3.14.2013

stubbe springs loop and a poncho tarp

My hike began 4.5 miles east of Geology Tour Road.

I hiked the Joshua Tree NP California Riding and Hiking Trail west from Twin Tanks on Pinto Basin Road, out and around Stubbe Springs Loop, and back--a round trip of about 33 miles. My initial pack weight was about 28 pounds (9 lb base + 1.5 lb food + 17.6 lb water). I took 8 liters of water but should have taken 10. This trip didn't include any night hiking.

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Fan Canyon
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Animal track "highway"

I brought my poncho tarp along for some pitching practice and to see if it might work as a shelter for the first 700 miles of the PCT. There was no rain and little wind during my hike, so I had an easy time of it. I wonder if I'd have the skill to pitch it when it really counts.

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GoLite poncho tarp
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I like the idea of using a poncho tarp because it weighs only 7 oz and doubles as a rain jacket; however, considering how small the poncho tarp is (8.5' x 5'), I'd have to get a bivy sack. If I replace my 16 oz Shangri-La 1 tarp and 6 oz Frogg Toggs rain jacket with the 7 oz poncho tarp and a 5-10 oz bivy sack, I could save 5-10 oz overall. Right now, however, that's not enough weight savings for me to give up the convenience of an easily pitched, 360-degree shelter and separate rain jacket. The poncho tarp is a lot of fun, though.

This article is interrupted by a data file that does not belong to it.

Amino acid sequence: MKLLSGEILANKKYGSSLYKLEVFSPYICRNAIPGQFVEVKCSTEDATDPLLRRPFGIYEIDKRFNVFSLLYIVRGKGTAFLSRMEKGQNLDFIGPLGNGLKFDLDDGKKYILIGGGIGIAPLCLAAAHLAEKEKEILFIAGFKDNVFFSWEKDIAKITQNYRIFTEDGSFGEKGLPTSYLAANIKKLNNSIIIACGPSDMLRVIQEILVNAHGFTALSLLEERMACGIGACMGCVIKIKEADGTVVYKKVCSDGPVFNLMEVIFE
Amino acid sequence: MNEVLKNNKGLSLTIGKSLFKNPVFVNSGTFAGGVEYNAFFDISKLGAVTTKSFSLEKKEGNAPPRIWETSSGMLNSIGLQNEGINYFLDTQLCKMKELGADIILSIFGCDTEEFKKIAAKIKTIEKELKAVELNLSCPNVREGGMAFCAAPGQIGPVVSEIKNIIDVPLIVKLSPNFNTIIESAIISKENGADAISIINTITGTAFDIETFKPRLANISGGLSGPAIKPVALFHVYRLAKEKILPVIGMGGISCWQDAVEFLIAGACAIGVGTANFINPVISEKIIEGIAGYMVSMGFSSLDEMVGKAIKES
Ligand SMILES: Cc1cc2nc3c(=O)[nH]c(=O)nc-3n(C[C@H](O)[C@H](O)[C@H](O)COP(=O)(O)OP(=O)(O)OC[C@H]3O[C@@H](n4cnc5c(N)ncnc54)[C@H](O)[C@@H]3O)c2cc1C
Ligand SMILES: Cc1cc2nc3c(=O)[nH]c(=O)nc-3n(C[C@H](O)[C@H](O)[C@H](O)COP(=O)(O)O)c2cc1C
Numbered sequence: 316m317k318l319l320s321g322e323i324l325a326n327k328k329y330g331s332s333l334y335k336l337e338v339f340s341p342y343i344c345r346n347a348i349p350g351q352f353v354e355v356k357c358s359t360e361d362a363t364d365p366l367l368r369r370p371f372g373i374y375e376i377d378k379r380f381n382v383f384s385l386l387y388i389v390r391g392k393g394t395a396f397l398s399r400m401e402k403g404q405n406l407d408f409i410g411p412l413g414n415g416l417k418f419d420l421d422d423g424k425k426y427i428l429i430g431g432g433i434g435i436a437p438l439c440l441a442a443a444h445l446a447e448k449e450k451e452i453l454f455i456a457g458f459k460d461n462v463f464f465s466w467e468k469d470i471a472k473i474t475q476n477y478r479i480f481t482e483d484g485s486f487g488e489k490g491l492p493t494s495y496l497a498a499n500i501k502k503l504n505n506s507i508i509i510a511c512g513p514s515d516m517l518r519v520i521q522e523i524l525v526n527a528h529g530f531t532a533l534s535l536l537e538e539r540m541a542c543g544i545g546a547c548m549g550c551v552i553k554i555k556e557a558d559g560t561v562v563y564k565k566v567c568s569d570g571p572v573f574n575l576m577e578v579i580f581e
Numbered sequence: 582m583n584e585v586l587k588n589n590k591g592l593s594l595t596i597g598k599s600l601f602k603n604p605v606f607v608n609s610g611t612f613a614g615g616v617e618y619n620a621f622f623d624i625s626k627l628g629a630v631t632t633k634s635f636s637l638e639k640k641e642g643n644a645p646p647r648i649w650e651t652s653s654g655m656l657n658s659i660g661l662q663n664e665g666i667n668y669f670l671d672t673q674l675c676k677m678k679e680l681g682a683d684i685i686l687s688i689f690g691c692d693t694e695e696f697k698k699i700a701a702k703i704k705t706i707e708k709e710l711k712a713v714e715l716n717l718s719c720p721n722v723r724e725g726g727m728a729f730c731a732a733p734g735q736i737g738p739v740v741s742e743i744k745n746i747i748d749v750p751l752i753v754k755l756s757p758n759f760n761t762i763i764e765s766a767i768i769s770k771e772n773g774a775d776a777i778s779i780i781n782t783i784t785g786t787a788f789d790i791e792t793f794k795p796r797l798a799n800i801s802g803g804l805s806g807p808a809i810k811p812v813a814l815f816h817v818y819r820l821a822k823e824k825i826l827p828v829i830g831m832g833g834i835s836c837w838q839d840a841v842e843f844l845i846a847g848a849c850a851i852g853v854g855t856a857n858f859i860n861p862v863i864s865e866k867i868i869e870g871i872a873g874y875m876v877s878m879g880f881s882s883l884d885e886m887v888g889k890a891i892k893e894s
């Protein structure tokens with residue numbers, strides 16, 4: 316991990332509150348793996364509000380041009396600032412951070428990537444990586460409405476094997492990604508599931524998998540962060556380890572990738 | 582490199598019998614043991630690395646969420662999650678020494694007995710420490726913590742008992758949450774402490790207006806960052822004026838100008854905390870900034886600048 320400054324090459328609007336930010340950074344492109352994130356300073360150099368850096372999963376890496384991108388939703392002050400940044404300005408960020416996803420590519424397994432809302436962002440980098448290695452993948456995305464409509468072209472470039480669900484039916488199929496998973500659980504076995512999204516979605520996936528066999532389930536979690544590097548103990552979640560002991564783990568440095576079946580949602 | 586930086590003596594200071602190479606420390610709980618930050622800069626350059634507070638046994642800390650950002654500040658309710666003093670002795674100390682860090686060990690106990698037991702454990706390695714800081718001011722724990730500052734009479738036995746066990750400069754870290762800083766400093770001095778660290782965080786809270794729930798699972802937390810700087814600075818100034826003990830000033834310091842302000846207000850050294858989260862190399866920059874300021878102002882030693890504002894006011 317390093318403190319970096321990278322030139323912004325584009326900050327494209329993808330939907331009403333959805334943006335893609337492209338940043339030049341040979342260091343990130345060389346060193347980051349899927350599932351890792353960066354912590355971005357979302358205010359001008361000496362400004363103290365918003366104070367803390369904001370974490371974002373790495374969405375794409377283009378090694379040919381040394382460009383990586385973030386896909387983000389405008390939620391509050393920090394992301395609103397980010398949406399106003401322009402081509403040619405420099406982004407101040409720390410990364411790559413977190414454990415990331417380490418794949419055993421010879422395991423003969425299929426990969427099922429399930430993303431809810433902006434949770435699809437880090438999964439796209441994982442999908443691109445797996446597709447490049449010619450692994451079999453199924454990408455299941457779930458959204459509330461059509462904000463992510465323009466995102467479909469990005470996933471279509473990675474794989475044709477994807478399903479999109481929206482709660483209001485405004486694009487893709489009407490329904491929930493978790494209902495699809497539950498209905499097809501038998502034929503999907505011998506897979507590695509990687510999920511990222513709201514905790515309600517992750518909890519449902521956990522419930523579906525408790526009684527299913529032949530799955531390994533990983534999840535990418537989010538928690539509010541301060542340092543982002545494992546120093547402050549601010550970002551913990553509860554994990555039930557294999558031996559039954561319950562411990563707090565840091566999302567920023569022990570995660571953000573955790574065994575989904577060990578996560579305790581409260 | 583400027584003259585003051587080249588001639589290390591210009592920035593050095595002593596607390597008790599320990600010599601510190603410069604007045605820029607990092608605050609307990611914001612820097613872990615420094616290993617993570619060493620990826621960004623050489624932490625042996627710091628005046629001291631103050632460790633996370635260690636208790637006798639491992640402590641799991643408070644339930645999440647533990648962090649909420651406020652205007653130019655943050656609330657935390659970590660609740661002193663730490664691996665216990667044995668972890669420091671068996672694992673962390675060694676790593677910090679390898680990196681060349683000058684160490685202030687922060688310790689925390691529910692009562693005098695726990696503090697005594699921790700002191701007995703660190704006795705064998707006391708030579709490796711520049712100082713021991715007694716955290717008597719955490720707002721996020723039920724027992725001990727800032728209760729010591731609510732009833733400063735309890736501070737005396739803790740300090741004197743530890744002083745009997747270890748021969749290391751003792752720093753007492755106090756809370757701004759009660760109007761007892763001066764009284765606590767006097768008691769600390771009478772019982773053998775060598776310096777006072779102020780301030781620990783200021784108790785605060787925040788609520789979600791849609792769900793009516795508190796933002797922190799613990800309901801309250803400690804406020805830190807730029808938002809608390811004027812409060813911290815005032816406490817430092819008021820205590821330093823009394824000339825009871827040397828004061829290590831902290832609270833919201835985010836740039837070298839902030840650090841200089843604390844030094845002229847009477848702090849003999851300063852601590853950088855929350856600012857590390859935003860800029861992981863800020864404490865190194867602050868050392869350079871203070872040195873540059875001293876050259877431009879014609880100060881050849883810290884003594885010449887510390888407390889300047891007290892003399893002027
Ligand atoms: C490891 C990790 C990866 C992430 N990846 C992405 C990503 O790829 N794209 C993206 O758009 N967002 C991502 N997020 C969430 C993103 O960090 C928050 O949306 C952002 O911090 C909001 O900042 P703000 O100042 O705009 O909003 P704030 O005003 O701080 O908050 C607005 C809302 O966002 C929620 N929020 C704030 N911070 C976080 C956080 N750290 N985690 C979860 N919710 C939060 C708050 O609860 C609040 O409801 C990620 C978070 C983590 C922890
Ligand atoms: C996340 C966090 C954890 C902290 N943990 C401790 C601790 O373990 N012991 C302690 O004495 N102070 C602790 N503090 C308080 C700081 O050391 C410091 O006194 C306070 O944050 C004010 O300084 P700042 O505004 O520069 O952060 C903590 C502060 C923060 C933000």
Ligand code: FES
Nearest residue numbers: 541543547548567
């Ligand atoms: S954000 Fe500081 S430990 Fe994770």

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As much as I like the GoLite poncho tarp and Shangri-La 1 tarp (discontinued in 2013), I've come to realize that neither of them is my ideal shelter. I think my ideal shelter would be a shaped tarp that can pitch with one pole and doesn't require the pole to stand right in the center if the tarp. I see something like a Six Moon Designs Wild Oasis or ZPacks Hexamid in my future. For now, though, the tarps I have should get me through my thru-hike.

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